5 Reasons Big Banks Will Fall Further

After outperforming earlier this year, bank stocks are leading the decline of the stock market as the U.S.-China trade war drags on. Bank stocks as a group are down 8.2% thus far in May, with Wells Fargo & Co. (WFC) down 6.5%, JPMorgan Chase & Co. (JPM) down 6.8% and Bank of America Corp. (BAC) plunging 10.3%.

But the trade conflict is just one of many headwinds affecting the industry. Five negative forces are likely to cause further declines in the biggest banks and bank stocks as a group, as outlined in several Wall Street Journal reports. These headwinds include rising credit card net charge-offs, falling stock-trading volumes in the second quarter, and lower volumes in the U.S. debt capital markets. This has coincided with a sharp drop in Treasury yields, which can weigh on banks’ lending margins, as well as general concerns about the slowing economy.

5 Headwinds Facing Banks

  • Mounting credit card losses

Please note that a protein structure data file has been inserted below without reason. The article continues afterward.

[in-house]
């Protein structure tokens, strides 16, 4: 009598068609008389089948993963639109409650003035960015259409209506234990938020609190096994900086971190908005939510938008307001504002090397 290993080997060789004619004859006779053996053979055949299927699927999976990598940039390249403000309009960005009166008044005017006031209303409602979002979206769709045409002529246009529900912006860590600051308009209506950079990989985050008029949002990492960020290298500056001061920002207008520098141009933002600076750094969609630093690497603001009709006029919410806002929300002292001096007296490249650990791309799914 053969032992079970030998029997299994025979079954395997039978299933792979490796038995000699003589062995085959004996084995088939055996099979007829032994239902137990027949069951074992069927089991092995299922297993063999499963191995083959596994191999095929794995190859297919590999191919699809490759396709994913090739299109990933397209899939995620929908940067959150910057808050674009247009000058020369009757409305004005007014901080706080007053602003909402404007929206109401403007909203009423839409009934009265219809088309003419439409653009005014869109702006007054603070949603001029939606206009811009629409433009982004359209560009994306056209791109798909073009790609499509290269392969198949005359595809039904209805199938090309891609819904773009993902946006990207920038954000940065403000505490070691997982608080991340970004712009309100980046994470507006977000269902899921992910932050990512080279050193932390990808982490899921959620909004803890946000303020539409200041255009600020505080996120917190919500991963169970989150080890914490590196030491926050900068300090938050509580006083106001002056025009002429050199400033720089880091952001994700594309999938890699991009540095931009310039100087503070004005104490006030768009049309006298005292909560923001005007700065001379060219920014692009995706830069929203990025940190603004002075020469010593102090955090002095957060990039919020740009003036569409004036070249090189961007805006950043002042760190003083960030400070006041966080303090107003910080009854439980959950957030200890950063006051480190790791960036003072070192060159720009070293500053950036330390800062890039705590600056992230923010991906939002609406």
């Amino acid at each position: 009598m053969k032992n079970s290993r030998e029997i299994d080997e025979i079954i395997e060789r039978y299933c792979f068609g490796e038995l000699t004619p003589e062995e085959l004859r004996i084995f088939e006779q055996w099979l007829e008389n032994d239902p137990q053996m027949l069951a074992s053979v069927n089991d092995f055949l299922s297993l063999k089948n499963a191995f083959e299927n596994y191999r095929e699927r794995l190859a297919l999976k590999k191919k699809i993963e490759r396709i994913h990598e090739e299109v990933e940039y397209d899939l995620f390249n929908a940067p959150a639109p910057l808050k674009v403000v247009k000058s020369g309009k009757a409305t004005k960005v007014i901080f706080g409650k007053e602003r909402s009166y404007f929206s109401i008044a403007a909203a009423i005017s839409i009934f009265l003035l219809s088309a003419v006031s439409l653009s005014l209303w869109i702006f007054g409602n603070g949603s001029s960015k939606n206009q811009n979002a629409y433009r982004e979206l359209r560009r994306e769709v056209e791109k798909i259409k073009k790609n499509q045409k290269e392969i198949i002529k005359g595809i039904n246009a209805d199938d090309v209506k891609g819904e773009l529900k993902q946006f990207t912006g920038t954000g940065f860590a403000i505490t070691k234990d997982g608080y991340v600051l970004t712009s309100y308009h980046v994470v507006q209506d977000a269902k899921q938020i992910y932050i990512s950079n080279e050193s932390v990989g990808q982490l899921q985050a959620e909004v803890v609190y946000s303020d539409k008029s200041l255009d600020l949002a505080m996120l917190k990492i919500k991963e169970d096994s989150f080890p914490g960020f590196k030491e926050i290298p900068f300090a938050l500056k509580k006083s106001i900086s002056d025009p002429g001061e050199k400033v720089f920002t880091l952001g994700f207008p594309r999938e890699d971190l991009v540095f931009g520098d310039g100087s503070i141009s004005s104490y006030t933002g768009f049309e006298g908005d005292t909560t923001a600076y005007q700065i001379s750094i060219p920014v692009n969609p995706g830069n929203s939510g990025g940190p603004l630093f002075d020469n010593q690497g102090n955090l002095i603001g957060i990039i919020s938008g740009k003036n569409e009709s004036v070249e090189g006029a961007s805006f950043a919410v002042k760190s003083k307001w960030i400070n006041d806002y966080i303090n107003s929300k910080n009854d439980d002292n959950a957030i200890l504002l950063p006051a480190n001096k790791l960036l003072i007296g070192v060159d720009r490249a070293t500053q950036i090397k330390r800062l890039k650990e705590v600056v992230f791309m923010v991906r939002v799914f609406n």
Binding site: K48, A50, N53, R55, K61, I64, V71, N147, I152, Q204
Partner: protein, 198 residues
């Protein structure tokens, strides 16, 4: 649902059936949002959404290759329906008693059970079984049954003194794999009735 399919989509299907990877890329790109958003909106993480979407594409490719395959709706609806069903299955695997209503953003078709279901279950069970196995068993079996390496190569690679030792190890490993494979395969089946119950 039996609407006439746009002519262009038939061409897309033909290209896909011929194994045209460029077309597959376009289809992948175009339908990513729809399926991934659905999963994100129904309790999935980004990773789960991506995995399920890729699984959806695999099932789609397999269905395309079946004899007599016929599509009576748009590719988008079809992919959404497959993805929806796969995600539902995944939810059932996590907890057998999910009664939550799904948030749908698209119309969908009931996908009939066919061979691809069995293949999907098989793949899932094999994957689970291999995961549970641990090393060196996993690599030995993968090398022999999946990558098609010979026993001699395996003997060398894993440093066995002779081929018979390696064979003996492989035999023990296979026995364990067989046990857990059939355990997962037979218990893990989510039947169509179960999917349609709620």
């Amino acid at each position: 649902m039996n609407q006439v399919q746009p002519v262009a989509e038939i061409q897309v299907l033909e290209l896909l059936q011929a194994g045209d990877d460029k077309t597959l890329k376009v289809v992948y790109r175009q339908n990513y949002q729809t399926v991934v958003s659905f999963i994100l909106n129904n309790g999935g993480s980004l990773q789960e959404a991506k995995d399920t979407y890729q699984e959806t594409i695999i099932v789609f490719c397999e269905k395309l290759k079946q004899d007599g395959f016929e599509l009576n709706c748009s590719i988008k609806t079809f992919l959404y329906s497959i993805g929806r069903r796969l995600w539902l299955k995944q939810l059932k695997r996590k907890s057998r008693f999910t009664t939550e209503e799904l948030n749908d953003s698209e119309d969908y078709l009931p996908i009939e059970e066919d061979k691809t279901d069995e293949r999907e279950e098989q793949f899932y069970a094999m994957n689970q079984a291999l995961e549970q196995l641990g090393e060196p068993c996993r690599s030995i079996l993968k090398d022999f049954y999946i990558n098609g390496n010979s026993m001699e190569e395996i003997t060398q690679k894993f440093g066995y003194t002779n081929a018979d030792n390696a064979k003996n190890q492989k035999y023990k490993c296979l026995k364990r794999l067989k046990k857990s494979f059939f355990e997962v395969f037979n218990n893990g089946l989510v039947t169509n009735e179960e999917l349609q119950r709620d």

• Falling stock-trading volumes
  • Decline in U.S. debt capital markets volumes
  • Lower Treasury yields
  • Worries about the slowing economy

Source: The Wall Street Journal

According to research by Trade Partnership Worldwide, a full-blown trade war would result in a $767 loss per four-person family in the U.S. annually, as cited in an earlier Investopedia report. Lower disposable incomes could mean less spending, a drop in consumer loan volume and more soured loans. “At the end of the day, banks are a reflection of the economy. When you have headlines that have the potential to adversely impact GDP growth, like China trade, that bothers us more than anything,” said Jason Goldberg, a senior banking analyst at Barclays.

Meanwhile, the 10-year Treasury fell to its lowest level since September 2017 this week, leading to a dip in net interest margins. The increase in market volatility hasn’t done much for trading revenues either, with volumes dropping by about 10% from the first quarter, per Dow Jones Market Data Group.

Looking Ahead

At the moment, U.S. consumers appear to be in relatively good shape, which is good news for the economy and banks. But many investors will be watching closely at whether banks' net charge-offs for credit-card debt continues to rise. The charge-offs saw the largest dollar increase compared to other loan categories in the first quarter, per the WSJ, which notes that credit-card delinquencies are also emerging as an issue for older borrowers. If these data points worsen in the coming months, it could mean more bad times are ahead for banks.

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